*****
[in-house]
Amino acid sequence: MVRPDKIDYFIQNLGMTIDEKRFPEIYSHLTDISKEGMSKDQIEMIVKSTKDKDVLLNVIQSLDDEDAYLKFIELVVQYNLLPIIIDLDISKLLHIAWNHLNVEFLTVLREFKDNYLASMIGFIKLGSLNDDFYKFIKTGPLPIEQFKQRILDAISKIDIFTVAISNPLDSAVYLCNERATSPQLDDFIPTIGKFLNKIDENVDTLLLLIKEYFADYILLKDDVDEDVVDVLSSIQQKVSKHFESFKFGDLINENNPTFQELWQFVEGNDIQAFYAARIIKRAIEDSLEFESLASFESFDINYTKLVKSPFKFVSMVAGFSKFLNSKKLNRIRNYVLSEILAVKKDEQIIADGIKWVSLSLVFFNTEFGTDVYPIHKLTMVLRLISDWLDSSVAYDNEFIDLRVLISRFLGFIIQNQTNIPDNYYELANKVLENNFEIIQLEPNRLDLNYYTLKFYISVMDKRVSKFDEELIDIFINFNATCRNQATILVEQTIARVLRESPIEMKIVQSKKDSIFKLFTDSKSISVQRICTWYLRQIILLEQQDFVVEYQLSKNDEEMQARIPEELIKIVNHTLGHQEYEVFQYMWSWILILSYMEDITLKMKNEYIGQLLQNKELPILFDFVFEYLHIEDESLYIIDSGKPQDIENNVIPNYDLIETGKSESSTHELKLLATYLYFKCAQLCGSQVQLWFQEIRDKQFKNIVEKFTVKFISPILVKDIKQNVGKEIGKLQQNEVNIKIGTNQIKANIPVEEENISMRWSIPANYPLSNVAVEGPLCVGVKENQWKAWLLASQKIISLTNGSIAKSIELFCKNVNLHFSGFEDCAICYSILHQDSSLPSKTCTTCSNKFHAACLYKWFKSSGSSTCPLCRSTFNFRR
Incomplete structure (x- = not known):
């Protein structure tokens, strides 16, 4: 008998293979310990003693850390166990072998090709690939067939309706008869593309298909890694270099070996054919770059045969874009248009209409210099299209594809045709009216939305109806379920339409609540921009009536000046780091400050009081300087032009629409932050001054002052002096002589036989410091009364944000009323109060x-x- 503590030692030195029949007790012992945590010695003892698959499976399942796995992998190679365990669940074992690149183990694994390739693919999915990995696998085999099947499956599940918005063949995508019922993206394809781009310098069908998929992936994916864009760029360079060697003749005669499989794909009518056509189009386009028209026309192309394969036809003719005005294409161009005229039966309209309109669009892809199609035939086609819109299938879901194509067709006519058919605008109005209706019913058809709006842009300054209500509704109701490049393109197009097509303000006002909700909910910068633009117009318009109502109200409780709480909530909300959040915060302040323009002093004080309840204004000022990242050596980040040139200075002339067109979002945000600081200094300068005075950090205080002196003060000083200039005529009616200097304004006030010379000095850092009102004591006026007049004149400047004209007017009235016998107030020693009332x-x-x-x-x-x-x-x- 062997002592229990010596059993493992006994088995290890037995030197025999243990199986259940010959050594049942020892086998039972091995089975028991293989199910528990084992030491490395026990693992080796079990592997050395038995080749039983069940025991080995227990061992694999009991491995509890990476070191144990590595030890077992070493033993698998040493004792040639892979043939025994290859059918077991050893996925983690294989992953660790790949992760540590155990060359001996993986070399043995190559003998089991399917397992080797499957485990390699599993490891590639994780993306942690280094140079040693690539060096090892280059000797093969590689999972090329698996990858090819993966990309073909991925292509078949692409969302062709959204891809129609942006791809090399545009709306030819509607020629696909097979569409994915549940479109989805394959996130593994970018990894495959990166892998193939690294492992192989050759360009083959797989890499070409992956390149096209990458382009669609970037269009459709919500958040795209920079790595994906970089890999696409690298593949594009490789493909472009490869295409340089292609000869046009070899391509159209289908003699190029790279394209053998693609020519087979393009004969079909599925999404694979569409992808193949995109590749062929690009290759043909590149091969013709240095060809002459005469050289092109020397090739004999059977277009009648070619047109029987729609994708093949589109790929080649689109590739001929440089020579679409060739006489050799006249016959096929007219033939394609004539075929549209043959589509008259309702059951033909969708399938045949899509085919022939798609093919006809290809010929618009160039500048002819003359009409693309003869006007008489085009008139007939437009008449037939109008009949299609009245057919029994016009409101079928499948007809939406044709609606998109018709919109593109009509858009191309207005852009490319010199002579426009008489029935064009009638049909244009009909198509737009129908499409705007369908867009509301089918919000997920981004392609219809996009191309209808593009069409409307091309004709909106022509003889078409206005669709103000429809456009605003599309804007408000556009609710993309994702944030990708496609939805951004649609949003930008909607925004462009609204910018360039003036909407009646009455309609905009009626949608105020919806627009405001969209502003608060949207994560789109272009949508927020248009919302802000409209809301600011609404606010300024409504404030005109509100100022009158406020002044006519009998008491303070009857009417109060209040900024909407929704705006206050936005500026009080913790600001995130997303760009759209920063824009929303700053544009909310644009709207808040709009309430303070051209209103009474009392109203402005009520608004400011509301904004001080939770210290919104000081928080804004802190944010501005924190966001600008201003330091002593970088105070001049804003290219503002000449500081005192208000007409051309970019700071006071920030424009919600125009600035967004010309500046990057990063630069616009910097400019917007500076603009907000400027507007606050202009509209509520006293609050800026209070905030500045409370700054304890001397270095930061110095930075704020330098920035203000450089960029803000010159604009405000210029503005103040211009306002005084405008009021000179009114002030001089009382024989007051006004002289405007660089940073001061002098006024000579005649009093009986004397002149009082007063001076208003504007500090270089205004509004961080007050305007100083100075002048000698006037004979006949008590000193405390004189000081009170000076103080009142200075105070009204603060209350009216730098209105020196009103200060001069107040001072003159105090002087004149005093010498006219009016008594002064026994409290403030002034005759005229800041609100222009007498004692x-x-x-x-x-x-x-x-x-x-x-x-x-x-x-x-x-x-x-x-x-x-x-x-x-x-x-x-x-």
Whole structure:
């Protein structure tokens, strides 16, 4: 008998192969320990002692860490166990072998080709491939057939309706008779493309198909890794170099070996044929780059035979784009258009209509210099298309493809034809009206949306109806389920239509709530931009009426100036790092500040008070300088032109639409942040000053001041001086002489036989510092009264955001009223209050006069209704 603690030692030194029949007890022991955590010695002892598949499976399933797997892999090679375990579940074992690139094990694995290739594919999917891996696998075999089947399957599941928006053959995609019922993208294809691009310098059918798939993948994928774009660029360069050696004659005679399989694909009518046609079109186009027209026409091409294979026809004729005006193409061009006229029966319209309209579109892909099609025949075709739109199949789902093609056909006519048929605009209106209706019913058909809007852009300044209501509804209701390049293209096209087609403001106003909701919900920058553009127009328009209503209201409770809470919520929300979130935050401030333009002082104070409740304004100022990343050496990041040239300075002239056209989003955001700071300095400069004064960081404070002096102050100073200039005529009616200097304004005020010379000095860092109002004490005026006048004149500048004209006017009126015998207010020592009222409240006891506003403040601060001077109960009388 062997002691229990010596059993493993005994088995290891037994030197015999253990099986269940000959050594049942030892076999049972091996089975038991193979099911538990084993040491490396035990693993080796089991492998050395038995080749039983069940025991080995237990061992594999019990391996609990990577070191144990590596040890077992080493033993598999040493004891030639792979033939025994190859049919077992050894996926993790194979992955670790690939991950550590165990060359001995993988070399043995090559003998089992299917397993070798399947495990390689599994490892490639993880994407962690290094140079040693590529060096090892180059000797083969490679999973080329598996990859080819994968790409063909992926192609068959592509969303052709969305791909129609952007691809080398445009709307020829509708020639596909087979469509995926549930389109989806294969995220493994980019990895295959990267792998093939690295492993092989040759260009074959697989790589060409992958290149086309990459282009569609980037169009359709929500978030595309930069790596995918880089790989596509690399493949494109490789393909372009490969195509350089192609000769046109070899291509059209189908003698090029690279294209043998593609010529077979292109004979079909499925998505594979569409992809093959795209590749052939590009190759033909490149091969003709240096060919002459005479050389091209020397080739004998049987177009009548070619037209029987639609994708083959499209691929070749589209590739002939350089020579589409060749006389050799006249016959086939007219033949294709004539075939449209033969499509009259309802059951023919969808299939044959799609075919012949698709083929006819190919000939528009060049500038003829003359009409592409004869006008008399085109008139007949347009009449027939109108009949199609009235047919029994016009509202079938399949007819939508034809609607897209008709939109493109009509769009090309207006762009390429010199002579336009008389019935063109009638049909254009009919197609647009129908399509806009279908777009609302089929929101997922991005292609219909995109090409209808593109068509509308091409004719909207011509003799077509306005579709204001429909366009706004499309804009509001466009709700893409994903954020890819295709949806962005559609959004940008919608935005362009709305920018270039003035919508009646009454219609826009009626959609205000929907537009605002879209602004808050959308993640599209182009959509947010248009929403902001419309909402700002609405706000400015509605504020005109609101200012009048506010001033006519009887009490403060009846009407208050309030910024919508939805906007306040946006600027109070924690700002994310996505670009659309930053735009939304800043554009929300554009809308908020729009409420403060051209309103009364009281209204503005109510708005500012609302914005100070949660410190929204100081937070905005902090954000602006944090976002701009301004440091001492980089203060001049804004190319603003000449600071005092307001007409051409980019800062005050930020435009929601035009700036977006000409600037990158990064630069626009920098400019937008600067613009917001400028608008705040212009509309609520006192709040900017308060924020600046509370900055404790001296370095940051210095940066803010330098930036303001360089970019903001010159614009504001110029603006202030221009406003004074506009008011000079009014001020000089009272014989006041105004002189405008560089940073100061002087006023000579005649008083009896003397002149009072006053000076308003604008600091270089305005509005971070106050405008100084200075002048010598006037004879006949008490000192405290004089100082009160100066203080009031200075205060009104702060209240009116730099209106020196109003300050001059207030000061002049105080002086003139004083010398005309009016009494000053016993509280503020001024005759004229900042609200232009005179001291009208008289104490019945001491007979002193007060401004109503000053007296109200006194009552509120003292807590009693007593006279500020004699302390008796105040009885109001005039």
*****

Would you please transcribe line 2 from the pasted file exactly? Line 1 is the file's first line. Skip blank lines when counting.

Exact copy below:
Amino acid sequence: MVRPDKIDYFIQNLGMTIDEKRFPEIYSHLTDISKEGMSKDQIEMIVKSTKDKDVLLNVIQSLDDEDAYLKFIELVVQYNLLPIIIDLDISKLLHIAWNHLNVEFLTVLREFKDNYLASMIGFIKLGSLNDDFYKFIKTGPLPIEQFKQRILDAISKIDIFTVAISNPLDSAVYLCNERATSPQLDDFIPTIGKFLNKIDENVDTLLLLIKEYFADYILLKDDVDEDVVDVLSSIQQKVSKHFESFKFGDLINENNPTFQELWQFVEGNDIQAFYAARIIKRAIEDSLEFESLASFESFDINYTKLVKSPFKFVSMVAGFSKFLNSKKLNRIRNYVLSEILAVKKDEQIIADGIKWVSLSLVFFNTEFGTDVYPIHKLTMVLRLISDWLDSSVAYDNEFIDLRVLISRFLGFIIQNQTNIPDNYYELANKVLENNFEIIQLEPNRLDLNYYTLKFYISVMDKRVSKFDEELIDIFINFNATCRNQATILVEQTIARVLRESPIEMKIVQSKKDSIFKLFTDSKSISVQRICTWYLRQIILLEQQDFVVEYQLSKNDEEMQARIPEELIKIVNHTLGHQEYEVFQYMWSWILILSYMEDITLKMKNEYIGQLLQNKELPILFDFVFEYLHIEDESLYIIDSGKPQDIENNVIPNYDLIETGKSESSTHELKLLATYLYFKCAQLCGSQVQLWFQEIRDKQFKNIVEKFTVKFISPILVKDIKQNVGKEIGKLQQNEVNIKIGTNQIKANIPVEEENISMRWSIPANYPLSNVAVEGPLCVGVKENQWKAWLLASQKIISLTNGSIAKSIELFCKNVNLHFSGFEDCAICYSILHQDSSLPSKTCTTCSNKFHAACLYKWFKSSGSSTCPLCRSTFNFRR